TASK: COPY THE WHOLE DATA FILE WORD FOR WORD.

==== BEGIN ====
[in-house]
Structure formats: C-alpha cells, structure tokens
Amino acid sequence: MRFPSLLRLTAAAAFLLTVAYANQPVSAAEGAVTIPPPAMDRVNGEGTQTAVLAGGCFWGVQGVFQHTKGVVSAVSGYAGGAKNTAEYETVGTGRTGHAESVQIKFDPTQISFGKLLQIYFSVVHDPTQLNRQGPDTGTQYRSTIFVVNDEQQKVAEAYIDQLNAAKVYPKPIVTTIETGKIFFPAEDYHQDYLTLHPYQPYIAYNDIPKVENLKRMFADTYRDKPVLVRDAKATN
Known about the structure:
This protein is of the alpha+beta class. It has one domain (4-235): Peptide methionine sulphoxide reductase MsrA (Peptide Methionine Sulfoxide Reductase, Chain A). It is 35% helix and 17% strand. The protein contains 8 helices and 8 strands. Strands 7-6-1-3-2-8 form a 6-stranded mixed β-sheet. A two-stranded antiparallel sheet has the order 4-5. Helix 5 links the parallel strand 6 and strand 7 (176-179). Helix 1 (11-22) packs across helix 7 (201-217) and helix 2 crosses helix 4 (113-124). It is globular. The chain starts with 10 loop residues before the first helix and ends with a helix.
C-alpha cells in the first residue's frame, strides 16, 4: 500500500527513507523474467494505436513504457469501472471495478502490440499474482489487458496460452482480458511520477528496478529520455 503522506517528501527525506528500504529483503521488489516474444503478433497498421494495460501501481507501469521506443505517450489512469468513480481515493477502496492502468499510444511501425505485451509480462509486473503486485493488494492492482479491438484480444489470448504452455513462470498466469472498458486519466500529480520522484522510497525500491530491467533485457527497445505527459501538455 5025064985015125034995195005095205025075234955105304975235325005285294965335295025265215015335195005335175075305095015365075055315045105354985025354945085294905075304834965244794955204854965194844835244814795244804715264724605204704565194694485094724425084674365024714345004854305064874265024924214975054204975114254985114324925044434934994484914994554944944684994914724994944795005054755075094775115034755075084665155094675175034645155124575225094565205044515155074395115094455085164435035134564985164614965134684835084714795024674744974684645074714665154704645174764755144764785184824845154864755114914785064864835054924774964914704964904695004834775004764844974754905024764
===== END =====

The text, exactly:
[in-house]
Structure formats: C-alpha cells, structure tokens
Amino acid sequence: MRFPSLLRLTAAAAFLLTVAYANQPVSAAEGAVTIPPPAMDRVNGEGTQTAVLAGGCFWGVQGVFQHTKGVVSAVSGYAGGAKNTAEYETVGTGRTGHAESVQIKFDPTQISFGKLLQIYFSVVHDPTQLNRQGPDTGTQYRSTIFVVNDEQQKVAEAYIDQLNAAKVYPKPIVTTIETGKIFFPAEDYHQDYLTLHPYQPYIAYNDIPKVENLKRMFADTYRDKPVLVRDAKATN
Known about the structure:
This protein is of the alpha+beta class. It has one domain (4-235): Peptide methionine sulphoxide reductase MsrA (Peptide Methionine Sulfoxide Reductase, Chain A). It is 35% helix and 17% strand. The protein contains 8 helices and 8 strands. Strands 7-6-1-3-2-8 form a 6-stranded mixed β-sheet. A two-stranded antiparallel sheet has the order 4-5. Helix 5 links the parallel strand 6 and strand 7 (176-179). Helix 1 (11-22) packs across helix 7 (201-217) and helix 2 crosses helix 4 (113-124). It is globular. The chain starts with 10 loop residues before the first helix and ends with a helix.
C-alpha cells in the first residue's frame, strides 16, 4: 500500500527513507523474467494505436513504457469501472471495478502490440499474482489487458496460452482480458511520477528496478529520455 503522506517528501527525506528500504529483503521488489516474444503478433497498421494495460501501481507501469521506443505517450489512469468513480481515493477502496492502468499510444511501425505485451509480462509486473503486485493488494492492482479491438484480444489470448504452455513462470498466469472498458486519466500529480520522484522510497525500491530491467533485457527497445505527459501538455 5025064985015125034995195005095205025075234955105304975235325005285294965335295025265215015335195005335175075305095015365075055315045105354985025354945085294905075304834965244794955204854965194844835244814795244804715264724605204704565194694485094724425084674365024714345004854305064874265024924214975054204975114254985114324925044434934994484914994554944944684994914724994944795005054755075094775115034755075084665155094675175034645155124575225094565205044515155074395115094455085164435035134564985164614965134684835084714795024674744974684645074714665154704645174764755144764785184824845154864755114914785064864835054924774964914704964904695004834775004764844974754905024764